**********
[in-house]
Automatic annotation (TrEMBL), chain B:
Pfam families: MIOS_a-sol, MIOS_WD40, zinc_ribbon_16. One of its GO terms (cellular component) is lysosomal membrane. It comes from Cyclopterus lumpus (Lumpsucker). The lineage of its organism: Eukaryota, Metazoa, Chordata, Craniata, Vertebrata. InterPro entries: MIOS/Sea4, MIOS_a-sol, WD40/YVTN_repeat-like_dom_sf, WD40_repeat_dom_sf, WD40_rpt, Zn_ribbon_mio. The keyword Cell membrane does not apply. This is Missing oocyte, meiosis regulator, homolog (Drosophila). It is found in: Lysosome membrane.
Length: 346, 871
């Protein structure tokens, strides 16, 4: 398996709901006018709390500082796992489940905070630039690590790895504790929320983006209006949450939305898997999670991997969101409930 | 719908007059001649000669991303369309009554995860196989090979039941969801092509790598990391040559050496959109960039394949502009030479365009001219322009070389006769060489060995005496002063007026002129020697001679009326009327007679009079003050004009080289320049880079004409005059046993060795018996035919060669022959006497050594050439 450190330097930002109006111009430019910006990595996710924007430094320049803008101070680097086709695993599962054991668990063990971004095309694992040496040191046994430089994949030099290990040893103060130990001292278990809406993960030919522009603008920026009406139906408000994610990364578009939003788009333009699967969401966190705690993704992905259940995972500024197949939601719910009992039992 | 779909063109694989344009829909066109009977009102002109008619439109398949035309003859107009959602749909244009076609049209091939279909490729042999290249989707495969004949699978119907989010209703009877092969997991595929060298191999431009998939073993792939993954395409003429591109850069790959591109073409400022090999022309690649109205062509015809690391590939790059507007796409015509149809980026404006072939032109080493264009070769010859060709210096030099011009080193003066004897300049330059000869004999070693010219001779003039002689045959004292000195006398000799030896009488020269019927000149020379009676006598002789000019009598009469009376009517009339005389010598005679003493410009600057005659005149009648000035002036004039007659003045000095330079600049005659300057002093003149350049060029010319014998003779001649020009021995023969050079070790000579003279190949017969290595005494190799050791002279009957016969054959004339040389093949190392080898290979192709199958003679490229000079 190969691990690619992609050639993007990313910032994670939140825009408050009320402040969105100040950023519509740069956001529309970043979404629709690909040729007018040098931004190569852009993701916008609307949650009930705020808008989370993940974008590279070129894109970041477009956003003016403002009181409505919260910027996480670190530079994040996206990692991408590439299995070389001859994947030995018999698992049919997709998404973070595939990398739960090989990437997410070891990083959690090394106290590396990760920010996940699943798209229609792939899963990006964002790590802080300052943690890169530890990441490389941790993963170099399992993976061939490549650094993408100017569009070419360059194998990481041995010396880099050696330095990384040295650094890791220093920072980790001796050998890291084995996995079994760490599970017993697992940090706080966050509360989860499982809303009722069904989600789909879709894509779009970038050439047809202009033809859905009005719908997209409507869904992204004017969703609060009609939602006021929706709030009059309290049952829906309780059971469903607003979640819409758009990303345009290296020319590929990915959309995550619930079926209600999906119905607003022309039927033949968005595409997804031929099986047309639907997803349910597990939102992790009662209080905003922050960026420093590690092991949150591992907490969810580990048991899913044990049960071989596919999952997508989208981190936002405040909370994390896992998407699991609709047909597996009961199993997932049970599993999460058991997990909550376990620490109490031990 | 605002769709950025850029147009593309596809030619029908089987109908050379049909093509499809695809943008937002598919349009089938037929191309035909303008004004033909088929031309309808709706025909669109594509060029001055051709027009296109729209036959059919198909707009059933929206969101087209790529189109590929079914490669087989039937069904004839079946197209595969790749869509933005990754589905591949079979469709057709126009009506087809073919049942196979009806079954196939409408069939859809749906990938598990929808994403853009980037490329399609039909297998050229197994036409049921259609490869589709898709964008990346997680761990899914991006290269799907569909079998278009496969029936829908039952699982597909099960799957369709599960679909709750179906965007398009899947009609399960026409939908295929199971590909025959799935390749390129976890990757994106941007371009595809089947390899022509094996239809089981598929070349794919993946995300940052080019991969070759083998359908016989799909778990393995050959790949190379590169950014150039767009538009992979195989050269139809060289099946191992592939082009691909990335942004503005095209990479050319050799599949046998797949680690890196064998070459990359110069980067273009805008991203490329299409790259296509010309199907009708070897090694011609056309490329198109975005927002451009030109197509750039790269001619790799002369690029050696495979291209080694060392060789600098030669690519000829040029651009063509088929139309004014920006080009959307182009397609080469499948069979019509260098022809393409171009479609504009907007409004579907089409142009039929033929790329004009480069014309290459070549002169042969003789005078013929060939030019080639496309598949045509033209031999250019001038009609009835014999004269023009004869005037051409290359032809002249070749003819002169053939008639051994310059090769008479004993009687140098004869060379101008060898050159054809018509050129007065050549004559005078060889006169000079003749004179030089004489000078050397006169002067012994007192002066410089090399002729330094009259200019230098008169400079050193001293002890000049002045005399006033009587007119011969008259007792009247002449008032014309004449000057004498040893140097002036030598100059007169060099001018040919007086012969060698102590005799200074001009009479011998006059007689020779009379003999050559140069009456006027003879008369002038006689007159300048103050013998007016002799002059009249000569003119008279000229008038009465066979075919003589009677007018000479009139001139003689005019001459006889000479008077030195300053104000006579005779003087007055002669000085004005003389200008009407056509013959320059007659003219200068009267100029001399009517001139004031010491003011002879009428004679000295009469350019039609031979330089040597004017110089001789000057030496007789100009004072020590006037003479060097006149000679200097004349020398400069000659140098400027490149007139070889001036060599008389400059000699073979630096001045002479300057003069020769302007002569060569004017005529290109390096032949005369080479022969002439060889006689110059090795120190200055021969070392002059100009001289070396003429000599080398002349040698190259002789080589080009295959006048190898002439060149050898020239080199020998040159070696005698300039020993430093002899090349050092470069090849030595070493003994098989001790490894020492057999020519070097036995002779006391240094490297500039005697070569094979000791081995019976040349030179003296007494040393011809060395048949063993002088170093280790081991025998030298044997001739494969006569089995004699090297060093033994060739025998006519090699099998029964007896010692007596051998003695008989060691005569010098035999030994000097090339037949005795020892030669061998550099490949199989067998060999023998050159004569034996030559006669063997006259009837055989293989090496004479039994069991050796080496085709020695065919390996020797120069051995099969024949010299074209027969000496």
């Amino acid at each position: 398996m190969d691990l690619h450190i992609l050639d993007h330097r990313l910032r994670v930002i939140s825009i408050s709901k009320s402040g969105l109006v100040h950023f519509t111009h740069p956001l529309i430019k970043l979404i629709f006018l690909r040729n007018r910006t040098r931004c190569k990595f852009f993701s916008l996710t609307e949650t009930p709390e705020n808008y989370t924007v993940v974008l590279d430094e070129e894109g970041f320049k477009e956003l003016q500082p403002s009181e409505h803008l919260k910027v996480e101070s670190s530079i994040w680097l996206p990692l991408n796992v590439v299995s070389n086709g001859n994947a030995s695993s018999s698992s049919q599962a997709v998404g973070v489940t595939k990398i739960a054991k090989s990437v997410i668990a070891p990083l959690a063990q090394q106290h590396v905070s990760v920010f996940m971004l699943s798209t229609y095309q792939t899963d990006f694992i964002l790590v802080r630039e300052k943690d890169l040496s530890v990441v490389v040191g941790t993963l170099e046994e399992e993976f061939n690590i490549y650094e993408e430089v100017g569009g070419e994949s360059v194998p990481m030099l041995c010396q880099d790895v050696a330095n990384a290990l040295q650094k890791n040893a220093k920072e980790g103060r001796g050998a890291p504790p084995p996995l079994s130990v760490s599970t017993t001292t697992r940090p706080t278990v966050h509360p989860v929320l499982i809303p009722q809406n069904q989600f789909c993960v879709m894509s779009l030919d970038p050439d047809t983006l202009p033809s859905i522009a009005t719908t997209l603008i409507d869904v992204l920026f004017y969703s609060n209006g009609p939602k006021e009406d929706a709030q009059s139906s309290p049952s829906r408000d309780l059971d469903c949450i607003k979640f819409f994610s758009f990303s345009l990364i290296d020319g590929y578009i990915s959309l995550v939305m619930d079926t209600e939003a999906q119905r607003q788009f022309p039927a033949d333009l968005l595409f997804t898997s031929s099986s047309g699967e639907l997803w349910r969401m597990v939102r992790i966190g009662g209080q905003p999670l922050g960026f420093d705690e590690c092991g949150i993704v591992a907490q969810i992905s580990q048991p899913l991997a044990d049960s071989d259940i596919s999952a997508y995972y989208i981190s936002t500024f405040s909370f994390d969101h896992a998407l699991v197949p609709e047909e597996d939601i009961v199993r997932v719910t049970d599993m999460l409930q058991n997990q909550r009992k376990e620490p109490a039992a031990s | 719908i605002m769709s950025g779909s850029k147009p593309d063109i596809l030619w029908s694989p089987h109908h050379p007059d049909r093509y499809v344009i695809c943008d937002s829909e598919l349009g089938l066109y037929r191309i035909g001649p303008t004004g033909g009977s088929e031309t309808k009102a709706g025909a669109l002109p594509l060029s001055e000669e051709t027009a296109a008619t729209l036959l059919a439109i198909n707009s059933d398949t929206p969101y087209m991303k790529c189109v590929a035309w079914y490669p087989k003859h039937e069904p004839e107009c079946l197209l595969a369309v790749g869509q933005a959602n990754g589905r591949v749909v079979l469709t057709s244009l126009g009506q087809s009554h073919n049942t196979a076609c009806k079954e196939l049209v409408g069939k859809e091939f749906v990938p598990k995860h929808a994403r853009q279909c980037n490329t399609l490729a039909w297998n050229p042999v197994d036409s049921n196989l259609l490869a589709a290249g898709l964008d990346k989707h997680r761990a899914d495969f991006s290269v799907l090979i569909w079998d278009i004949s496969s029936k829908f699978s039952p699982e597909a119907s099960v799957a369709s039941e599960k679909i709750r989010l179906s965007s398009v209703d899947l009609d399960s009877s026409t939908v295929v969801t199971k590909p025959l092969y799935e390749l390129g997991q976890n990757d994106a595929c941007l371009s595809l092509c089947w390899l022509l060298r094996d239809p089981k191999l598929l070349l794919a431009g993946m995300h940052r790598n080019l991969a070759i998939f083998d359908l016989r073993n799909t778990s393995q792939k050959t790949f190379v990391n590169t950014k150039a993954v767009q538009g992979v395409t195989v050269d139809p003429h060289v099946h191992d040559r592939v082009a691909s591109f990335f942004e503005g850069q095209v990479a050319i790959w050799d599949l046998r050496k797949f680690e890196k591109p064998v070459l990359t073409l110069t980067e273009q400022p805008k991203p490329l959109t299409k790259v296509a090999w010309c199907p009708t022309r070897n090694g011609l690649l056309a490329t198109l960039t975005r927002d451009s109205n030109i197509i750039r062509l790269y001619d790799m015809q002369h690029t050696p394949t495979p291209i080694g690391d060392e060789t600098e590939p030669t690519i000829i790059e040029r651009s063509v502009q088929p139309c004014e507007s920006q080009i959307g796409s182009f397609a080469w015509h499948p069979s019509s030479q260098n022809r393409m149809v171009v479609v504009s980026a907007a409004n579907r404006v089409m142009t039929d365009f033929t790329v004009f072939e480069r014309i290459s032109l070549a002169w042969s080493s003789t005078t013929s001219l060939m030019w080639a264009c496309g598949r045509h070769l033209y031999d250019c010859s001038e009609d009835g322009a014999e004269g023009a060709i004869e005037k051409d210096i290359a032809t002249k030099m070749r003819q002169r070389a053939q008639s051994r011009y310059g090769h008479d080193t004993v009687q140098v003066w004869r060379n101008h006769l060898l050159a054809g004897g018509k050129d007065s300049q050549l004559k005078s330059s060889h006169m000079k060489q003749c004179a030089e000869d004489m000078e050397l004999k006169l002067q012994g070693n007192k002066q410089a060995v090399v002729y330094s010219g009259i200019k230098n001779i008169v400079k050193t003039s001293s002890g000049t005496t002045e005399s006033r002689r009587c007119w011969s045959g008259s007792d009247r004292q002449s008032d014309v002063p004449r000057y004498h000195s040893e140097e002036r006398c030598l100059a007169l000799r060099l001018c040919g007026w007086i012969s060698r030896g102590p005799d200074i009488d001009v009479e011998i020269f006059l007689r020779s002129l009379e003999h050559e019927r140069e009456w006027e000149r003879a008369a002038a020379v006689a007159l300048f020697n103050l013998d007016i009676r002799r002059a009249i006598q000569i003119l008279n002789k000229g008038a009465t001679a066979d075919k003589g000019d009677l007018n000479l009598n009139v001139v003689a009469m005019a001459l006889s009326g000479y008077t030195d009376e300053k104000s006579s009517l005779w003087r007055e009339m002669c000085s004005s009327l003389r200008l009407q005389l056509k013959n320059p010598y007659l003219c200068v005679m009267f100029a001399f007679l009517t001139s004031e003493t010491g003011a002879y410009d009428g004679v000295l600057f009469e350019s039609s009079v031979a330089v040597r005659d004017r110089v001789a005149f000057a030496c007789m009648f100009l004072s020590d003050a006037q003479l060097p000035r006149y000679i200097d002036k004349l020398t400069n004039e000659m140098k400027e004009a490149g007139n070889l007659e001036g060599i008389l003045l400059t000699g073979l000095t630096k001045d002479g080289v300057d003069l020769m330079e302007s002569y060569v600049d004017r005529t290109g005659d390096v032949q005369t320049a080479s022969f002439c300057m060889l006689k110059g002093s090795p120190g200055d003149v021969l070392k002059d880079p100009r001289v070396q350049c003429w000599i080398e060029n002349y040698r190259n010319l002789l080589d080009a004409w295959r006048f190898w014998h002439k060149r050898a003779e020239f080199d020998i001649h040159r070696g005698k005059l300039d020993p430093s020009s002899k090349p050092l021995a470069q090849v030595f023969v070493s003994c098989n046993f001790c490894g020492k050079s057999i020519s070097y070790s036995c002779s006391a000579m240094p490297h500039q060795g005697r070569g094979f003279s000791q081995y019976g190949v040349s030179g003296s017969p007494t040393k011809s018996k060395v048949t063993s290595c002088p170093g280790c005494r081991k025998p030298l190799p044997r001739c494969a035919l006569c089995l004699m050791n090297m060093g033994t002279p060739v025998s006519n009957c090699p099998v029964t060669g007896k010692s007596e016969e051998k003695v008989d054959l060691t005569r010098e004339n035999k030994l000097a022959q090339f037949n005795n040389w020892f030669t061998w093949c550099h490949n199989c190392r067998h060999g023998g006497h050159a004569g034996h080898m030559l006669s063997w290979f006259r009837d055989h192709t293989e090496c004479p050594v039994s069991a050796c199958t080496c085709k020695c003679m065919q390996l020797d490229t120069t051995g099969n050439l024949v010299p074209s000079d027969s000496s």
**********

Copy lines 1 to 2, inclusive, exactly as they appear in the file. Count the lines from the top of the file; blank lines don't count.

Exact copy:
[in-house]
Automatic annotation (TrEMBL), chain B: